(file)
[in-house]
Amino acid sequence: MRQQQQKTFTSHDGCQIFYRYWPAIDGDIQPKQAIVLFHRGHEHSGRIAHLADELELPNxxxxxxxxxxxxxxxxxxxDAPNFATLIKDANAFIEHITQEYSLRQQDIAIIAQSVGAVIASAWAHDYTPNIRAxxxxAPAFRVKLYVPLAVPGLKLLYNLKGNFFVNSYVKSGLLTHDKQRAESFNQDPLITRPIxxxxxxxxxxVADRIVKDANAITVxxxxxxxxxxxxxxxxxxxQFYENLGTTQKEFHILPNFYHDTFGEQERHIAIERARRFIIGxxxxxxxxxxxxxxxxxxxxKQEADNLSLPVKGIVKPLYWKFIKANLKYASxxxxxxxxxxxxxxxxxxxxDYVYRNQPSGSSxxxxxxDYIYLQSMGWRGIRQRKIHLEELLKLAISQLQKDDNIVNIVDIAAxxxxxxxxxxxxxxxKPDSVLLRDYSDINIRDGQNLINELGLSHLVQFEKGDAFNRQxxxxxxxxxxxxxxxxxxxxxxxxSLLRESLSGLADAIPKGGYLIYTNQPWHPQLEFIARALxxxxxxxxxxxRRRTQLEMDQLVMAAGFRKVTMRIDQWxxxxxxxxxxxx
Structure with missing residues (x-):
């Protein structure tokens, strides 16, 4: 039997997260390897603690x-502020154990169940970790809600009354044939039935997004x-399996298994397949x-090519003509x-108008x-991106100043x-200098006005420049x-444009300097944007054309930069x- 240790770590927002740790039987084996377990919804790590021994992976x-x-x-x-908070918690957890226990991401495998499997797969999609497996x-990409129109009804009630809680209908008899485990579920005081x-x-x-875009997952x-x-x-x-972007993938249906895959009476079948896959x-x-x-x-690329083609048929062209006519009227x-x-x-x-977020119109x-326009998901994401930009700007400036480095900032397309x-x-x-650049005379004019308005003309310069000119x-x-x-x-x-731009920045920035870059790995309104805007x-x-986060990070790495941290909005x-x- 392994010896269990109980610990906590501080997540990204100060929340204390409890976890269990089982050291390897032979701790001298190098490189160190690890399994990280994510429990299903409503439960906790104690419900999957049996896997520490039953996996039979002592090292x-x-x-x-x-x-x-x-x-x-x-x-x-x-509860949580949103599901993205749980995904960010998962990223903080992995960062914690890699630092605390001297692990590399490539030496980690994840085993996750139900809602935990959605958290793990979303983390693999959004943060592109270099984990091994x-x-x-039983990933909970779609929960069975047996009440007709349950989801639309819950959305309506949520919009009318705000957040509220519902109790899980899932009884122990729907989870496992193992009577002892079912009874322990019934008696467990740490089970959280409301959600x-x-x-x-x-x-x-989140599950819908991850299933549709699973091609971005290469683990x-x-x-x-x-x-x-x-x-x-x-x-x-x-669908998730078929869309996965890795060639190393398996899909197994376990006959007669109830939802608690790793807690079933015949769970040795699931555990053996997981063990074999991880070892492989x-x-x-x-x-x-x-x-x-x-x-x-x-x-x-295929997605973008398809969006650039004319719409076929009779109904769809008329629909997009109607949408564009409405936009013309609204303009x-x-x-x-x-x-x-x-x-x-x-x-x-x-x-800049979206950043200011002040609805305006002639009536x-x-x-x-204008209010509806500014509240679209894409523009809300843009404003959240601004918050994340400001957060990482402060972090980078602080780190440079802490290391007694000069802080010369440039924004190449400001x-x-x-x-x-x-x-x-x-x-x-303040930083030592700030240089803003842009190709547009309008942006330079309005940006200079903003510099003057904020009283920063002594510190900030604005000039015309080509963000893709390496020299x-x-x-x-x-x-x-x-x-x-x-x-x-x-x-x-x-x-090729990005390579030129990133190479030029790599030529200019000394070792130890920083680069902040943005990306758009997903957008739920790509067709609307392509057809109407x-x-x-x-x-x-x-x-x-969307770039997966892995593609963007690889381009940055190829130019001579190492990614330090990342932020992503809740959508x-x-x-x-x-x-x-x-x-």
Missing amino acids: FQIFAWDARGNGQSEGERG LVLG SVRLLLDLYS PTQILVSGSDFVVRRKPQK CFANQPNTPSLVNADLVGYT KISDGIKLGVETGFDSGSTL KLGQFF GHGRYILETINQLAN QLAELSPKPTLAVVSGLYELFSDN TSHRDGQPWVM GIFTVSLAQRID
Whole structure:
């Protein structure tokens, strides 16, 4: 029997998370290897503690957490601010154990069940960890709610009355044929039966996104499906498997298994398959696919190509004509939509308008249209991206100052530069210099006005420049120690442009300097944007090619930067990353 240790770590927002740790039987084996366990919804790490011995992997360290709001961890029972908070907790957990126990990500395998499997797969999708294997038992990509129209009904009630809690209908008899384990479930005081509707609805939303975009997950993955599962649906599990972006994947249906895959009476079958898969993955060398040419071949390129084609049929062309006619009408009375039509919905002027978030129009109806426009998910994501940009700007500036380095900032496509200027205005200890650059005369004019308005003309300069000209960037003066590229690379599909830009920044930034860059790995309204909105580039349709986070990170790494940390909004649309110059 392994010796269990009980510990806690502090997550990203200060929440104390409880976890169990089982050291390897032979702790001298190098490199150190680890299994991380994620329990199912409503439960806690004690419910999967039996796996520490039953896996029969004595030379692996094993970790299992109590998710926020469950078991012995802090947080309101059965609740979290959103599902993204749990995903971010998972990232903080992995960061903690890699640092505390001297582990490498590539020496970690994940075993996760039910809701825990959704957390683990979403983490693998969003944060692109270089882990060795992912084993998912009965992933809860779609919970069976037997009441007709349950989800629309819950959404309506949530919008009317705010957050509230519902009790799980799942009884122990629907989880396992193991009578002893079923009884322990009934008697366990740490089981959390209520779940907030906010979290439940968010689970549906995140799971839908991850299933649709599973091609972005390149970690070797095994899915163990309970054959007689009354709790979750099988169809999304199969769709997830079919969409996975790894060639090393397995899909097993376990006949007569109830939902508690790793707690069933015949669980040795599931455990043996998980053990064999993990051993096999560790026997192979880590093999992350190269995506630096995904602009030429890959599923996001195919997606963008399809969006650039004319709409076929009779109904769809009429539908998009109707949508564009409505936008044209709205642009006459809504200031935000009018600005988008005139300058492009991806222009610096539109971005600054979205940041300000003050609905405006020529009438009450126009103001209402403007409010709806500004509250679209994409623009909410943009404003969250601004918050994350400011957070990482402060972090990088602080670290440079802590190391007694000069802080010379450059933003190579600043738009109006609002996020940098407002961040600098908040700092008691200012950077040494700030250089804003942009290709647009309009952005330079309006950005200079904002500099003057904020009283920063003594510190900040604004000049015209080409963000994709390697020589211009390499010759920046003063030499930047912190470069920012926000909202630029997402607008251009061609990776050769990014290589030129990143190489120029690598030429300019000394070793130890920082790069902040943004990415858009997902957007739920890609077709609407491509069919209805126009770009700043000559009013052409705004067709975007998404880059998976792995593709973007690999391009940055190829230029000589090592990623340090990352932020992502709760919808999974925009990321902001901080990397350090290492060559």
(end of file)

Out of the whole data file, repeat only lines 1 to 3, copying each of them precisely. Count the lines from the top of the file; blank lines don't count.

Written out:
[in-house]
Amino acid sequence: MRQQQQKTFTSHDGCQIFYRYWPAIDGDIQPKQAIVLFHRGHEHSGRIAHLADELELPNxxxxxxxxxxxxxxxxxxxDAPNFATLIKDANAFIEHITQEYSLRQQDIAIIAQSVGAVIASAWAHDYTPNIRAxxxxAPAFRVKLYVPLAVPGLKLLYNLKGNFFVNSYVKSGLLTHDKQRAESFNQDPLITRPIxxxxxxxxxxVADRIVKDANAITVxxxxxxxxxxxxxxxxxxxQFYENLGTTQKEFHILPNFYHDTFGEQERHIAIERARRFIIGxxxxxxxxxxxxxxxxxxxxKQEADNLSLPVKGIVKPLYWKFIKANLKYASxxxxxxxxxxxxxxxxxxxxDYVYRNQPSGSSxxxxxxDYIYLQSMGWRGIRQRKIHLEELLKLAISQLQKDDNIVNIVDIAAxxxxxxxxxxxxxxxKPDSVLLRDYSDINIRDGQNLINELGLSHLVQFEKGDAFNRQxxxxxxxxxxxxxxxxxxxxxxxxSLLRESLSGLADAIPKGGYLIYTNQPWHPQLEFIARALxxxxxxxxxxxRRRTQLEMDQLVMAAGFRKVTMRIDQWxxxxxxxxxxxx
Structure with missing residues (x-):